Using technology in the classroom can sometimes be daunting. But we need to equip students with the fundamental skills they will need to succeed in the workplace of the future such as collaboration and communication. If done correctly, we can use technology-enabled learning to address key challenges that teachers face in higher education:

  1. Developing learner autonomy
  2. Facilitating effective group collaboration
  3. Developing students’ digital skills in preparation for the workplace

Microsoft Teams provides a digital space that brings conversations, content, assignments, and apps together, enabling students to take full control of their own learning. Accessible from any device, Teams is easy to use and encourages collaboration between teachers and students.

Facilitating different learning styles

At UCLan we split students into two separate groups to explore the different ways they could use Teams to engage in effective collaboration. We wanted them to evolve from simply being consumers of learning content, to actively engaging with and creating content themselves.

The timeline below shows how these students utilised Teams over the course of 8 weeks to effectively prepare and engage in live assessed debates. Group A used Teams to prepare for the debates, whereas Group B used Teams during the assessment itself.

Week 1 – Building confidence with Microsoft Teams

The focus of the first week was primarily to introduce students to Microsoft Teams for the first time. In initial workshop activities, we build the student’s confidence with using Teams. These activities involved students posting and commenting on relevant articles and news stories to generate discussions with their Module Leader and other students.

Weeks 1-5 – Introducing the assignment

Students were briefed on the Assessed Group Debate, which was being held at the end of the learning syllabus. We gave the students full autonomy to organise and manage themselves. They chose their co-workers, topic, and debate format with a deadline of confirming these by the end of Week 5.

Week 6 – Group A create a Team autonomously

Having self-organised and submitted their topics and debate format, Group A create their own Team to enable them to discuss, edit, and share an up-to-date copy of their presentation. The Module Leader was also added as a member by the students so they could help or advise students if they needed it.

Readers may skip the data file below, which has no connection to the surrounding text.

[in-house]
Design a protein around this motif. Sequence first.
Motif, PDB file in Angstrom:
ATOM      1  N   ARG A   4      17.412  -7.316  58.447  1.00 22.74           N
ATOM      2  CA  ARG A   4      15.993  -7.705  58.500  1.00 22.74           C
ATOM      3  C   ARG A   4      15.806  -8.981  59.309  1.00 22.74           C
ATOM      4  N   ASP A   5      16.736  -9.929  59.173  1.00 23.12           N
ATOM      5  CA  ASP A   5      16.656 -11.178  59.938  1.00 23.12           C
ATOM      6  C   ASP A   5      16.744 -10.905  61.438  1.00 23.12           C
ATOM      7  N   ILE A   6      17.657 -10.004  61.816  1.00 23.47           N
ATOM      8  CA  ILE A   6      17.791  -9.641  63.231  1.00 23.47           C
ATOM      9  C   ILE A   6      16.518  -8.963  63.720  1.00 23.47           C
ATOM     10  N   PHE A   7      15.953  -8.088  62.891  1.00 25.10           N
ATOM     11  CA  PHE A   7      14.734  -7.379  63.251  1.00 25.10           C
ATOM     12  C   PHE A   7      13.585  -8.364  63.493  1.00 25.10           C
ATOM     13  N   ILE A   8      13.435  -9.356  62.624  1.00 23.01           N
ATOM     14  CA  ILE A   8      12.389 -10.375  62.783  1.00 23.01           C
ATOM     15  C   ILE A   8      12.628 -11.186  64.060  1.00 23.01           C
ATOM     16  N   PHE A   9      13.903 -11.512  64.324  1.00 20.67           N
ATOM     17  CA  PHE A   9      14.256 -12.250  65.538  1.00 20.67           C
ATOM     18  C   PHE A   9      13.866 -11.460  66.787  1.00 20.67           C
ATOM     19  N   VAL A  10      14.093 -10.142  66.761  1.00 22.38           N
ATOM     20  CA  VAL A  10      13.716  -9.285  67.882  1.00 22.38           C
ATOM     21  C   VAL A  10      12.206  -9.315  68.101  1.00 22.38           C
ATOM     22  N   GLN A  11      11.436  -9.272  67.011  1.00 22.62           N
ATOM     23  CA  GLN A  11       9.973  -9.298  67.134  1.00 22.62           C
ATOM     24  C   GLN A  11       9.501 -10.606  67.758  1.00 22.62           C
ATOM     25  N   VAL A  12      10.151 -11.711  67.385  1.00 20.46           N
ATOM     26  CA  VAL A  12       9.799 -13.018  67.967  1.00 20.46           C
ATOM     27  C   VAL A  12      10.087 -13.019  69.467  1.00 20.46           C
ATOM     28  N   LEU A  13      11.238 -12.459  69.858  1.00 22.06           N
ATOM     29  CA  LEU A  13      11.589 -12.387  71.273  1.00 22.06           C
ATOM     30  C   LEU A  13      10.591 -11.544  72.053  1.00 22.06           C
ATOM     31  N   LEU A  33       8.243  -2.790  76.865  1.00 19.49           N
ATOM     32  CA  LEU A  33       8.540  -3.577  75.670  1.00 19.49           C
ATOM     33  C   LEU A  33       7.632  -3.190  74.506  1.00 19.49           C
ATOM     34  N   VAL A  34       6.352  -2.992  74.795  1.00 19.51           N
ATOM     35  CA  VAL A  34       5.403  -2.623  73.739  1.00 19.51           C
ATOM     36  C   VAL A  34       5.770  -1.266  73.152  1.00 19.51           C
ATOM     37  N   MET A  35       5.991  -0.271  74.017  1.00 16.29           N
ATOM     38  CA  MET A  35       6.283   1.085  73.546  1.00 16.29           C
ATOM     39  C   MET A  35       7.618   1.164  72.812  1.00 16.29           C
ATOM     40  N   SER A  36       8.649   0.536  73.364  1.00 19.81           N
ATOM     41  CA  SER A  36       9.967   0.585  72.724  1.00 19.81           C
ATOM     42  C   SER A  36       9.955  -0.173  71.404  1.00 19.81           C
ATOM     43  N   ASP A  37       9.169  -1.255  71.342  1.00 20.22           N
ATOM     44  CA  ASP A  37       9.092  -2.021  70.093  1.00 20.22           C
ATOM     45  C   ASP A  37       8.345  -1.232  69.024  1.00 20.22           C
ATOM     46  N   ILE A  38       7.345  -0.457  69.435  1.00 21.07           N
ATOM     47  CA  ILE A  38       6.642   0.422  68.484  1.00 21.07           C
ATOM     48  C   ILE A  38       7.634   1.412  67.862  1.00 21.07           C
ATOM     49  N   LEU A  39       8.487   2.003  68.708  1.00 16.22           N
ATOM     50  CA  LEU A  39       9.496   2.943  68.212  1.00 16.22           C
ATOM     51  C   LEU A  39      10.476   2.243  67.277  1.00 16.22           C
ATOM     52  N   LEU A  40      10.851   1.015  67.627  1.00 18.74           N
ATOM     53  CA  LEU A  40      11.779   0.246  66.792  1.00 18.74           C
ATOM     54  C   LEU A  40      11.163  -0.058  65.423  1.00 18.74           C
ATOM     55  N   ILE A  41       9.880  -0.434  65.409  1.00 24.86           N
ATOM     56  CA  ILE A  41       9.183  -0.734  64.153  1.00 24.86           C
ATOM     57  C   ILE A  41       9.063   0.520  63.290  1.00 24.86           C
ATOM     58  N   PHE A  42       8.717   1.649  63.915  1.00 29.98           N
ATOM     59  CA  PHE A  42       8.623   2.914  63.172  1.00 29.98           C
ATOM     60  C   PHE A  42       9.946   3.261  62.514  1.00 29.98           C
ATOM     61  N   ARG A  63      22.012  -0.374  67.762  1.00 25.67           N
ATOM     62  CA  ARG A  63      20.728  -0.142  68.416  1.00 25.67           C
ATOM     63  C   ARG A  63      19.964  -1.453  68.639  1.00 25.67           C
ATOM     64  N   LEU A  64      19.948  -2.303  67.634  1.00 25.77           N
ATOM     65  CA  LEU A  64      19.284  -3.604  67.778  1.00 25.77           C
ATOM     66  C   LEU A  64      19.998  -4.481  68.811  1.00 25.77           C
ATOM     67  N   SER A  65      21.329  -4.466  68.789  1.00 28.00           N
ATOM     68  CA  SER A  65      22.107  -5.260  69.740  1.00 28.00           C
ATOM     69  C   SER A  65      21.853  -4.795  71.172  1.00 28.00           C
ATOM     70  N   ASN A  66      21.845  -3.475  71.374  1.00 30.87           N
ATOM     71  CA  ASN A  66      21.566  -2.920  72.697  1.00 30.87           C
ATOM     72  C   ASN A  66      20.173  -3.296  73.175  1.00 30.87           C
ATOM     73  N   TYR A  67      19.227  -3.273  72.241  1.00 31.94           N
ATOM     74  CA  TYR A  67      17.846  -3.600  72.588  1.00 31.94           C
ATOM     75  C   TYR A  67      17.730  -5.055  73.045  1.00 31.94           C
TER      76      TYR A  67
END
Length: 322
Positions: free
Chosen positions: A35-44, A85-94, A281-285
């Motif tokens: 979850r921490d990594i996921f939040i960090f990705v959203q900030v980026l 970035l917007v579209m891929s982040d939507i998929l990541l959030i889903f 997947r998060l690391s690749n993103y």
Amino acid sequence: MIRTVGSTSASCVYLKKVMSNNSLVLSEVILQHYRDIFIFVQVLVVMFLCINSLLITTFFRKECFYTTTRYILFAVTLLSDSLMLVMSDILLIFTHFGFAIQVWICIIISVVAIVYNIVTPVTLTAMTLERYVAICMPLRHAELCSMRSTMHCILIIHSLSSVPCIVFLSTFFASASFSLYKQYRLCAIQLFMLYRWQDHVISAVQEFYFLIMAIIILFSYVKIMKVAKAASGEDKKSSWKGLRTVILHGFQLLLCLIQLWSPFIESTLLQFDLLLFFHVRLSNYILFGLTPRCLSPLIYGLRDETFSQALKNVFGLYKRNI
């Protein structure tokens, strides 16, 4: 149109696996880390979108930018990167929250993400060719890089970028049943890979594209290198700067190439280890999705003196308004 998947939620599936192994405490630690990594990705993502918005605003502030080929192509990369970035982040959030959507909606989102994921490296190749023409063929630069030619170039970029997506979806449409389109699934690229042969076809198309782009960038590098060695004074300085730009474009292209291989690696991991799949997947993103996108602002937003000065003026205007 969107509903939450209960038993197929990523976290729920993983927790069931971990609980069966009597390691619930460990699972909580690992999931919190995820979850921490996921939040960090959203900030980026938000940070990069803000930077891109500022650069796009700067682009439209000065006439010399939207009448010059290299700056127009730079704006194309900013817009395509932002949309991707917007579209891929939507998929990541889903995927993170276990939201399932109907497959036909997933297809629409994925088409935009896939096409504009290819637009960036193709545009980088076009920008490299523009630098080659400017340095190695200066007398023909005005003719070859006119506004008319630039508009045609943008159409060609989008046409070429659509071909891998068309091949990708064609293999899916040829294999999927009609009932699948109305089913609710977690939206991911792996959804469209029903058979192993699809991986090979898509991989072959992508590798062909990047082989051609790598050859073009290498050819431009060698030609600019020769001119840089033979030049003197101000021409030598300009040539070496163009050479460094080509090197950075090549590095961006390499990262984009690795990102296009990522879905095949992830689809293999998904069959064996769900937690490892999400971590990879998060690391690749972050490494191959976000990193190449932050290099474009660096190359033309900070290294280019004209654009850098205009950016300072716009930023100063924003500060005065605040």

Week 6-8 – Group A use their Team as a central hub to communicate and prepare

In preparation for the assessed debate, Group A used their Team extensively over the next two weeks for collaboration, file sharing, and formative feedback from the Module Leader. In this particular example there were 32 student-to-student interactions, and 13 student-to-Module Leader interactions.

Week 8 – Assessed debates

As students arrived to watch the assessed debate, Group B added them all as members to a Teams site that they had specifically created for the debate. During the debate, they encouraged the audience to post questions which Group B responded to live in the moment. This innovative practice was praised by staff and co-students. It was highlighted in the Module Leader Report and provides an example of good practice for future students to follow.

Enhancing learning experiences

The impact of these examples can be explained in two ways. Firstly, we found the students’ learning experiences were significantly enhanced as a result of these autonomous approaches. Secondly, they have had a positive impact on the associated staff.

In a module evaluation, students were asked to comment specifically on whether Microsoft Teams was useful in their learning on the module.

Feedback was overwhelmingly positive. Teams was described as “easy to use”. It also “helped with planning the structure of the assignment, with staying in touch, and allowed us to send and save work to proceed with the assignment.”

One student said it “helped in terms of the debate as it allowed groups to communicate together and with other groups and the lecturer.” Incidentally, both Group A and Group B achieved first-class grades for this assessment.

Most importantly, Teams provided a platform on which students could shift from consumer to creator of learning and assessment content. They did so in an authentic and organic manner that suited their individual learning style.

Find out more

From consumers to creators: developing learner autonomy using Microsoft Teams

9 ways to transform the student learning experience with Microsoft Teams

Andrew Sprake headshot

About the authors

Andrew Sprake is a Lecturer in Sport and Physical Education in the School of Sport & Health Sciences at UCLan. He teaches physical education philosophy and practice and the sociology of sport and physical education. He is particularly interested in the pupil-voice. He is an MIE Expert and recently presented at the 2019 BETT show in London, using Microsoft Teams to address the question: How can we enable and empower student voice?


Jess Macbeth headshotJess Macbeth is a Senior Lecturer and Research Degree Tutor in the School of Sport & Health Sciences at UCLan. She teaches the sociology of sport and physical education, with a particular interest in disability sport. She is an MIE Expert and recently presented on Preparing Modules for Teams Delivery at the Keele Digital Festival 2019.